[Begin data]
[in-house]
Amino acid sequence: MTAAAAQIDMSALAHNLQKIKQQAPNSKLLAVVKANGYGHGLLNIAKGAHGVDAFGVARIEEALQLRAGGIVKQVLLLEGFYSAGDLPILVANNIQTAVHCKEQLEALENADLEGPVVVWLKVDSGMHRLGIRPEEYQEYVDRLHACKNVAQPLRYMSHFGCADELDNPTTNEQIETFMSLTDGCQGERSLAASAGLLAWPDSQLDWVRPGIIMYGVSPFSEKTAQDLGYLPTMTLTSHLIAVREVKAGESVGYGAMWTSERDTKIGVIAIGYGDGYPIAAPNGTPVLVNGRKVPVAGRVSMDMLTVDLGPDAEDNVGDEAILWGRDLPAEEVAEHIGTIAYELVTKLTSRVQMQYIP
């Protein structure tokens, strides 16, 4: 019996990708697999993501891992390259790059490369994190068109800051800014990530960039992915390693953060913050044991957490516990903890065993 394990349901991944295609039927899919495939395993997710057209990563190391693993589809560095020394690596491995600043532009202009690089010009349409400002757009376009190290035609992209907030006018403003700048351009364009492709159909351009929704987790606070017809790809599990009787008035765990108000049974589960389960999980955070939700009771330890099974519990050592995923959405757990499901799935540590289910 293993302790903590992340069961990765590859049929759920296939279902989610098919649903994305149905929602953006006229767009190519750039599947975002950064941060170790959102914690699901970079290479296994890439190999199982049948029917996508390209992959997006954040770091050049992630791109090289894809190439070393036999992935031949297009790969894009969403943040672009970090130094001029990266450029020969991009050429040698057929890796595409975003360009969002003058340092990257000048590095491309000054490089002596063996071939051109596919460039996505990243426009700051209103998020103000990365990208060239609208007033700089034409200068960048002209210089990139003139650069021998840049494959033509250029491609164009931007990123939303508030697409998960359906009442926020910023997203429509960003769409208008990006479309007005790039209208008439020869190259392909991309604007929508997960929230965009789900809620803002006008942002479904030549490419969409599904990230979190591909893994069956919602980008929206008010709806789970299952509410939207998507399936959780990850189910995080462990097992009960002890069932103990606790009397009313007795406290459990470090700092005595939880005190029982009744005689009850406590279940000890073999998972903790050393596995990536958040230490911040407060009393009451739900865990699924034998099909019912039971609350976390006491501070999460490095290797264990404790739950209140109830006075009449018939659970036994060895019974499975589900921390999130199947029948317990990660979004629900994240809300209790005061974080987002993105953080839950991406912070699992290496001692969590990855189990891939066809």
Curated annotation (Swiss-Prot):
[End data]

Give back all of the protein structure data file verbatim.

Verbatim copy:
[in-house]
Amino acid sequence: MTAAAAQIDMSALAHNLQKIKQQAPNSKLLAVVKANGYGHGLLNIAKGAHGVDAFGVARIEEALQLRAGGIVKQVLLLEGFYSAGDLPILVANNIQTAVHCKEQLEALENADLEGPVVVWLKVDSGMHRLGIRPEEYQEYVDRLHACKNVAQPLRYMSHFGCADELDNPTTNEQIETFMSLTDGCQGERSLAASAGLLAWPDSQLDWVRPGIIMYGVSPFSEKTAQDLGYLPTMTLTSHLIAVREVKAGESVGYGAMWTSERDTKIGVIAIGYGDGYPIAAPNGTPVLVNGRKVPVAGRVSMDMLTVDLGPDAEDNVGDEAILWGRDLPAEEVAEHIGTIAYELVTKLTSRVQMQYIP
């Protein structure tokens, strides 16, 4: 019996990708697999993501891992390259790059490369994190068109800051800014990530960039992915390693953060913050044991957490516990903890065993 394990349901991944295609039927899919495939395993997710057209990563190391693993589809560095020394690596491995600043532009202009690089010009349409400002757009376009190290035609992209907030006018403003700048351009364009492709159909351009929704987790606070017809790809599990009787008035765990108000049974589960389960999980955070939700009771330890099974519990050592995923959405757990499901799935540590289910 293993302790903590992340069961990765590859049929759920296939279902989610098919649903994305149905929602953006006229767009190519750039599947975002950064941060170790959102914690699901970079290479296994890439190999199982049948029917996508390209992959997006954040770091050049992630791109090289894809190439070393036999992935031949297009790969894009969403943040672009970090130094001029990266450029020969991009050429040698057929890796595409975003360009969002003058340092990257000048590095491309000054490089002596063996071939051109596919460039996505990243426009700051209103998020103000990365990208060239609208007033700089034409200068960048002209210089990139003139650069021998840049494959033509250029491609164009931007990123939303508030697409998960359906009442926020910023997203429509960003769409208008990006479309007005790039209208008439020869190259392909991309604007929508997960929230965009789900809620803002006008942002479904030549490419969409599904990230979190591909893994069956919602980008929206008010709806789970299952509410939207998507399936959780990850189910995080462990097992009960002890069932103990606790009397009313007795406290459990470090700092005595939880005190029982009744005689009850406590279940000890073999998972903790050393596995990536958040230490911040407060009393009451739900865990699924034998099909019912039971609350976390006491501070999460490095290797264990404790739950209140109830006075009449018939659970036994060895019974499975589900921390999130199947029948317990990660979004629900994240809300209790005061974080987002993105953080839950991406912070699992290496001692969590990855189990891939066809």
Curated annotation (Swiss-Prot):